Rookie of the Year – Oakland WR Jacoby Ford may be the most explosive offensive weapon the Raiders have drafted since Tim Brown. Ford touched the ball 88 times, producing 1,905 yards and seven TDs. On kickoff returns, he averaged 24.2 yards and scored three TDs.

Head Coach of the Year – Oakland’s Tom Cable gets the honors in a sympathy vote. By all rights, the honor should go to Todd Haley. But what Cable got done with the Raiders was actually more remarkable. To pull that team to an 8-8 record after starting 2-4 and going 6-0 inside the division would be a special year for any coach. But to do that in the atmosphere created by Al Davis is stunning. Naturally, he got fired.

Assistant Coach of the Year – Chiefs defensive coordinator Romeo Crennel gets the distinction based on pulling the K.C. defense out of the NFL basement to the top half of the league teams. Crennel successfully used new players, working in concert with draft picks and a few other roster additions

Executive of the Year – Chiefs GM Scott Pioli/Chiefs director of college scouting Phil Emery – There’s no denying that among the four AFC West teams, the tone Pioli set in rebuilding the Chiefs has taken root. He shares the honor with Emery, the man who was in charge of college scouting for the 2010 NFL Draft. His presence can be seen in comparing the ’10 draft class that Emery helped set up against the ’09 draft class that was engineered by Pioli.


  • PRO BOWL – The NFL named Redskins LB Brian Orakpo to the NFC team as a replacement for either the Bears LB Lance Briggs or Packers LB Clay Matthews – either Briggs or Matthews will be in the Super Bowl; named Raiders TE Zach Miller to the AFC tesam as replacement for Chargers TE Antonio Gates; named Titans S Michael Griffin to the AFC team as a replacement for Ravens S Ed Reed
  • BROWNS – signed reserve/futures contracts with LB Auston English and WR Rod Windsor.
  • EAGLES – named Jim Washburn as defensive line coach – he had been working with the Titans for 12 years.
  • 49ERS – named Jim Leavitt as linebackers coach – he was formerly head coach at South Florida; named Geep Chryst as tight ends coach.
  • RAMS – announced that assistant head coach/QBs coach Dick Curl is retiring.
  • SEAHAWKS – offered Darren Bevell the offensive coordinator’s job.
  • VIKINGS – promoted Fred Pagac to defensive coordinator – he had been linebackers coach; hired Bill Musgrave as offensive coordinator; hired Mike Priefer as special teams coach – Priefer spent the last two years in Denver, after three years with the Chiefs.

9 Responses to “Best Of AFC West … Thursday Cup O’Chiefs”

  • January 20, 2011  - Niblick says:

    Bob- I agreee with all of your selections. I would have given Brandon Albert honorable mention at left tackle.

  • January 20, 2011  - ed says:

    What Cable over Haley coach of the totally disagree. I mean goal is to win the division not just sweep the divison totally disagree Bob. Albert should been over McNeil he didn’t even play full 16 games.

  • January 20, 2011  - Nate says:

    Good article Bob! I had to smile because you took another shot at Scott Pioli. Not to take away anything from Phil Emery, however there was another factor which you never mention when you hack away at his first draft. the 1st one was done with just a couple of months to prepare while he was also getting the entire operation overhauled. I can relate to that because I am a retired CEO and I know what he had to accomplish in a short time period. The 2nd draft they had a full year to prepare for and the results speak for themselves. On draft day who do you think was making the decision on each player drafted, Pioli or Emery? We all know the answer to that question, Pioli.You could be a much better writer if you didn’t let your personal feelings get in your way. And I totally agree with Ed, Cable over Haley is a joke.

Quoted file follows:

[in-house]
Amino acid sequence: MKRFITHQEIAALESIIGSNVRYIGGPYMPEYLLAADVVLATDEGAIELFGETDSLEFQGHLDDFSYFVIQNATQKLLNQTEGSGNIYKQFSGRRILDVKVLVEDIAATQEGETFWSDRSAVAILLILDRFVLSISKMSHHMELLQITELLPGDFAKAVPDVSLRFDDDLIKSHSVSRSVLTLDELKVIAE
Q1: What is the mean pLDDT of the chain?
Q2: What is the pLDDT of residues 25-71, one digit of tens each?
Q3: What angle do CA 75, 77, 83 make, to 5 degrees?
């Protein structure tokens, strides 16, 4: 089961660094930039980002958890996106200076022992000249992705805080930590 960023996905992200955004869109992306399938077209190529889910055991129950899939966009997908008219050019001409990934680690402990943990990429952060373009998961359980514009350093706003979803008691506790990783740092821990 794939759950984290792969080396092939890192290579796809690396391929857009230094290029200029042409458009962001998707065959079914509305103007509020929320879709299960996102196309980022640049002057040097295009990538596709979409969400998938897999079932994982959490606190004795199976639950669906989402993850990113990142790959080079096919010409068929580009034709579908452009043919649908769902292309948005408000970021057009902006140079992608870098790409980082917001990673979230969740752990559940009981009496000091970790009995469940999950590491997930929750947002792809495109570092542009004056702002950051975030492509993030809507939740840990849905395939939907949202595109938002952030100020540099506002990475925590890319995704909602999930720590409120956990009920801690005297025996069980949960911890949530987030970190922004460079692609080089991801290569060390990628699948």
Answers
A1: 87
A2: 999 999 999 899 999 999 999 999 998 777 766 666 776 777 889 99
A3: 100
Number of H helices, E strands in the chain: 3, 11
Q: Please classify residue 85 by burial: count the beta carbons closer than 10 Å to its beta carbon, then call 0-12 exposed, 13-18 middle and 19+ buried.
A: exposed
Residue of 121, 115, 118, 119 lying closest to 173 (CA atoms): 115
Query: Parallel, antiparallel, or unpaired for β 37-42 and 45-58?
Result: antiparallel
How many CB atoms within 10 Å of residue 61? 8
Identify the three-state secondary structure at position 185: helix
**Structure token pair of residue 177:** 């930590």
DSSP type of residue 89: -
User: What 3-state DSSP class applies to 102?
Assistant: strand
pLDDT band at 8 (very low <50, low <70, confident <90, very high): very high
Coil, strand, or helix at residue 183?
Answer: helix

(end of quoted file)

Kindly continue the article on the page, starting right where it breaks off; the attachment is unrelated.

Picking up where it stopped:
• January 20, 2011  - el cid says:

    My,Nate, you are a CEO and can understand how Mr Pioli while unprepared because he “was also getting the entire operation overhauled”. Really. He came from a organization with a history of college drafting. He was 3X Exec of year, he had an idea of what to do, didn’t he? He decided we need help at DE and used 1st and 3rd to fill the need. They may not have worked out real well, yet, but he tried. He traded the 2nd to fill 2 needs, QB and OLB. But you apparently feel he was unprepared but acted anyway. How CEO like. Based on your theory, maybe he just pulled names out of a hat. Look, for a reason we will never know or understand what went on but if you are CEO you take the heat.

    Cable did a good job, but Haley led the Chiefs to the top, makes him the best in my opinion.

  • January 20, 2011  - Nate says:

    el cid since you want to do some more of your unfounded ranting; yes I am a retired CEO. I took three startup companies from zero to $3Billion in total revenue with more than 100,000 employees and distributors. You love to ignore the truth and vent your negative thoughts. I said and it is the truth that he had only a couple of months to prepare for the 1st draft and a full year to prepare for the second and the results speak for themselves.

  • January 21, 2011  - Michael says:

    Like your list, Bob. I would add Albert at Left Tackle, and give Glen Dorsey at least honorable mention at DE.

    Nate, for some people it goes like this: didn’t like the 2009 draft, so that one belongs to Pioli only; liked the 2010 draft better, so most of the credit goes to Emery. Doesn’t make sense to me, but whatever.

  • January 21, 2011  - el cid says:

    Did not think I was all that negative but ok. Michael I for waiting for time to tell about the 2010 draft, second round could discount “Emery’s” contribution. Is that negative? But I would like to believe most would agree that Berry is an improvement over Jackson, whoever gots the credit. Let’s also agree that this draft might need more Berry type over developemental types.

    As for you Nate, you are brilliant, I can read that. Not in that catagory, so good for you, consider buying the Royals, they could use the benefit of your money, advise, and vision.

  • January 21, 2011  - BigJimInWisconsin says:

    We could have drafted Redskins LB Brian Orakpo (see above) instead of T. Jackson. In fact, I thought we were and the camera was on Orakpo before the selection announcement.

    Good list Bob. Keep up the great work and insight.

    Go CHIEFS!

  • January 22, 2011  - Merwin says:

    I believe the selections of McNeill and Gates are off base, since they were injured or in contract talks. I would have put other more deserving players up who worked all season. Also it may be too early to say, but I still think Pioli should have traded for Seymour with one of the two picks we used on DE last year. I guess Pioli thought he was too far at the end of his career to use such a high pick.

Get the Flash Player to see the slideshow.


Other News